Visa Requirements for Finland

Aerial view over Helsinki on a sunny winter day

Miemo Penttinen / / Getty Images

If you've ever dreamed about visiting a reindeer farm, sweating it out in a sauna while it snows outside, or seeing the Northern Lights in person, then Finland is just the trip for you. Tourists visiting from a visa-exempt country—including the U.S., U.K., Mexico, the EU, Japan, and many others —are able to visit this Nordic country without applying for a visa beforehand, as long as the trip is 90 days or less and you have a valid passport that is good for at least three months after you plan to return to home.

In fact, visa-exempt travelers can visit any one of the 26 European countries that make up the Schengen Area without a visa. Once you're in the Schengen Area, you can cross borders between countries without going through any type of passport control. Because it's considered one entity, the 90-day travel limit applies to your time in the entire area, not each individual country. The nations that are a part of this agreement are Austria, Belgium, the Czech Republic, Denmark, Estonia, Finland, France, Germany, Greece, Hungary, Iceland, Italy, Latvia, Liechtenstein, Lithuania, Luxembourg, Malta, the Netherlands, Norway, Poland, Portugal, Slovakia, Slovenia, Spain, Sweden, and Switzerland.

Travelers coming from a non-exempt country must apply for a Schengen Tourist Visa in their home country before arriving in Finland. Once granted the visa, it allows the holder to travel freely around the Schengen Area for up to 90 days.

Anyone who wishes to stay in Finland for longer than 90 days—besides EU nationals—must apply for a long term visa in their country of residence. These are grouped into work visas, student visas, or family visas.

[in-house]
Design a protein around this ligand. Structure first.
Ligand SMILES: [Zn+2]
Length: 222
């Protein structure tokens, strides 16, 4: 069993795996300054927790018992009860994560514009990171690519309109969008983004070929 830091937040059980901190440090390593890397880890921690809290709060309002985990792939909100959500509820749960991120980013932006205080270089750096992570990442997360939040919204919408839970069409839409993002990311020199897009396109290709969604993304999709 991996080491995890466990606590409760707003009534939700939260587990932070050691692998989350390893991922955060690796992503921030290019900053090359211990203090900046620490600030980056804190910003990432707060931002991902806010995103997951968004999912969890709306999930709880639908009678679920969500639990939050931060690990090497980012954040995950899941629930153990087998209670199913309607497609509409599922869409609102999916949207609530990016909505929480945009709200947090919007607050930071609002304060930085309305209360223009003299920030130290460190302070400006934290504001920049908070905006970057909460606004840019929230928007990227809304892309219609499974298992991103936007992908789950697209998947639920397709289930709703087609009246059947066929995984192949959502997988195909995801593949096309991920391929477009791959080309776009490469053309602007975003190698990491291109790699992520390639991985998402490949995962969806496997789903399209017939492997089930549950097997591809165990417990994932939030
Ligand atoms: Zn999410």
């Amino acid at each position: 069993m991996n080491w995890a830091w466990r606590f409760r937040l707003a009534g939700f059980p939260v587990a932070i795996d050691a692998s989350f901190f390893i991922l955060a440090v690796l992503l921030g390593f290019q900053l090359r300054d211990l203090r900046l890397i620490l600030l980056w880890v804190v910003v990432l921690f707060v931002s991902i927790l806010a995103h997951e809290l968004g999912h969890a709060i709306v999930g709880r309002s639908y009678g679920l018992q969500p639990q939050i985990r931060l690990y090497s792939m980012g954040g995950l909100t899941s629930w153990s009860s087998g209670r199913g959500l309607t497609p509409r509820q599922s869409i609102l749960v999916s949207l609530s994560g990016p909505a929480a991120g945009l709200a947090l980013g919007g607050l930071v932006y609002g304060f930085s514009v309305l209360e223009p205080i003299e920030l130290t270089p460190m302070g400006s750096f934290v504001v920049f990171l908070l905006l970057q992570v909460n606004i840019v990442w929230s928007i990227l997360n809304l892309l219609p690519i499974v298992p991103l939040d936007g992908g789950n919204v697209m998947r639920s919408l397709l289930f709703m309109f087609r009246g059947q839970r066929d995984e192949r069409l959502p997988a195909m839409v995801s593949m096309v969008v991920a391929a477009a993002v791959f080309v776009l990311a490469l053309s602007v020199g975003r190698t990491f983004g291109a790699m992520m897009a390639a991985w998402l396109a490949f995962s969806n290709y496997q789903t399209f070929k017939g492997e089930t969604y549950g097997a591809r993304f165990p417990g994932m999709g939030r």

Visa Requirements for Finland
Visa Type How Long Is It Valid? Required Documents Application Fees
Schengen Tourist Visa 90 days in any 180-day period Bank statements, proof of medical insurance, hotel reservations, roundtrip plane tickets Up to 80 euros
Work Visa Up to 1 year Proof of financial means, tax documents from employer Up to 490 euros
Student Visa Up to 1 year Acceptance letter into Finnish education program, proof of financial means, proof of medical insurance, receipt of paid tuition fees 350 euros
Family Visa 1–4 years Proof of financial means, certificate proving family relation Up to 470 euros

Schengen Tourist Visa

Many travelers can visit Finland without applying for a tourist visa, but if you are traveling with a passport from a non-exempt country, you'll need to apply for a Schengen Tourist Visa. The visa allows the traveler to visit Finland and any other Schengen country as long as the trip is under 90 days. Some tourist visas allow the traveler to leave the Schengen Area and enter again while others only permit a single entry, so confirm what your visa says before planning your trip.

Visa Fees and Application

You need to make sure you apply for your Schengen Tourist Visa through the correct consulate. If you're only visiting Finland or Finland is the primary destination of your trip through Europe, then you'll apply through the Finnish consulate in your home country. If Finland is on your itinerary but you'll be spending more time in another Schengen Area country, you'll need to apply through the corresponding consulate.

In most cases, Finnish consulates outsource their visa processing to VFS Global. You'll need to make an appointment and physically go to an office to present your documents.

  • You'll need to submit a completed application form, your original passport with a photocopy, proof of travel health insurance, roundtrip flight reservations, booked accommodations, and proof of sufficient funds.